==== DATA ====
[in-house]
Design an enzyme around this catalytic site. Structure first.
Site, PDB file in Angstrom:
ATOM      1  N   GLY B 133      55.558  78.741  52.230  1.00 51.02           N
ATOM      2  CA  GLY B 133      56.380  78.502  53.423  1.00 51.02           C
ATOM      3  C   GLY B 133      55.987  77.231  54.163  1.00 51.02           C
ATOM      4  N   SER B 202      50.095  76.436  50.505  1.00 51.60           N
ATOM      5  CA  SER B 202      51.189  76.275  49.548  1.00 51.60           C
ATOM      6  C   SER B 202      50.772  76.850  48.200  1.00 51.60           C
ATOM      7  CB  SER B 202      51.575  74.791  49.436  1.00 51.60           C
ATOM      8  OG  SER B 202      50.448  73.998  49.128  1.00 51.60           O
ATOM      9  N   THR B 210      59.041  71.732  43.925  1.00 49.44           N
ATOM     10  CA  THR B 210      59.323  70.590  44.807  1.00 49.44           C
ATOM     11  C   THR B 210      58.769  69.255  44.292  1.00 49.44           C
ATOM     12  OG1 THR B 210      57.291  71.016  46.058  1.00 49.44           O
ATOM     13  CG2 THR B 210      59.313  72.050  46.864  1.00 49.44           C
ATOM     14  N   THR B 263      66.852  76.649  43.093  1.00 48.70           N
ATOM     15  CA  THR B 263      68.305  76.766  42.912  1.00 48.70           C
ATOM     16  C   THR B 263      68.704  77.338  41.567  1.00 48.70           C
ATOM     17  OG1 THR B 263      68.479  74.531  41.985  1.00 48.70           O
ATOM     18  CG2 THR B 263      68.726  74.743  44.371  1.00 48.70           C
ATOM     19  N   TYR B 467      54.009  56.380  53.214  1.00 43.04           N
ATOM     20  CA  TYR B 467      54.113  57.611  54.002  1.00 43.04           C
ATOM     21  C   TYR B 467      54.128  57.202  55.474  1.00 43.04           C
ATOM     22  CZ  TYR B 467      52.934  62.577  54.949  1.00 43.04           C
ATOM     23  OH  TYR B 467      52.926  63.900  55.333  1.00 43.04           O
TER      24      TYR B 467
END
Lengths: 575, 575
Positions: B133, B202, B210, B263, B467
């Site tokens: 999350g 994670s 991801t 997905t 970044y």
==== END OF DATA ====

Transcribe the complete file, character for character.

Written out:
[in-house]
Design an enzyme around this catalytic site. Structure first.
Site, PDB file in Angstrom:
ATOM      1  N   GLY B 133      55.558  78.741  52.230  1.00 51.02           N
ATOM      2  CA  GLY B 133      56.380  78.502  53.423  1.00 51.02           C
ATOM      3  C   GLY B 133      55.987  77.231  54.163  1.00 51.02           C
ATOM      4  N   SER B 202      50.095  76.436  50.505  1.00 51.60           N
ATOM      5  CA  SER B 202      51.189  76.275  49.548  1.00 51.60           C
ATOM      6  C   SER B 202      50.772  76.850  48.200  1.00 51.60           C
ATOM      7  CB  SER B 202      51.575  74.791  49.436  1.00 51.60           C
ATOM      8  OG  SER B 202      50.448  73.998  49.128  1.00 51.60           O
ATOM      9  N   THR B 210      59.041  71.732  43.925  1.00 49.44           N
ATOM     10  CA  THR B 210      59.323  70.590  44.807  1.00 49.44           C
ATOM     11  C   THR B 210      58.769  69.255  44.292  1.00 49.44           C
ATOM     12  OG1 THR B 210      57.291  71.016  46.058  1.00 49.44           O
ATOM     13  CG2 THR B 210      59.313  72.050  46.864  1.00 49.44           C
ATOM     14  N   THR B 263      66.852  76.649  43.093  1.00 48.70           N
ATOM     15  CA  THR B 263      68.305  76.766  42.912  1.00 48.70           C
ATOM     16  C   THR B 263      68.704  77.338  41.567  1.00 48.70           C
ATOM     17  OG1 THR B 263      68.479  74.531  41.985  1.00 48.70           O
ATOM     18  CG2 THR B 263      68.726  74.743  44.371  1.00 48.70           C
ATOM     19  N   TYR B 467      54.009  56.380  53.214  1.00 43.04           N
ATOM     20  CA  TYR B 467      54.113  57.611  54.002  1.00 43.04           C
ATOM     21  C   TYR B 467      54.128  57.202  55.474  1.00 43.04           C
ATOM     22  CZ  TYR B 467      52.934  62.577  54.949  1.00 43.04           C
ATOM     23  OH  TYR B 467      52.926  63.900  55.333  1.00 43.04           O
TER      24      TYR B 467
END
Lengths: 575, 575
Positions: B133, B202, B210, B263, B467
């Site tokens: 999350g 994670s 991801t 997905t 970044y």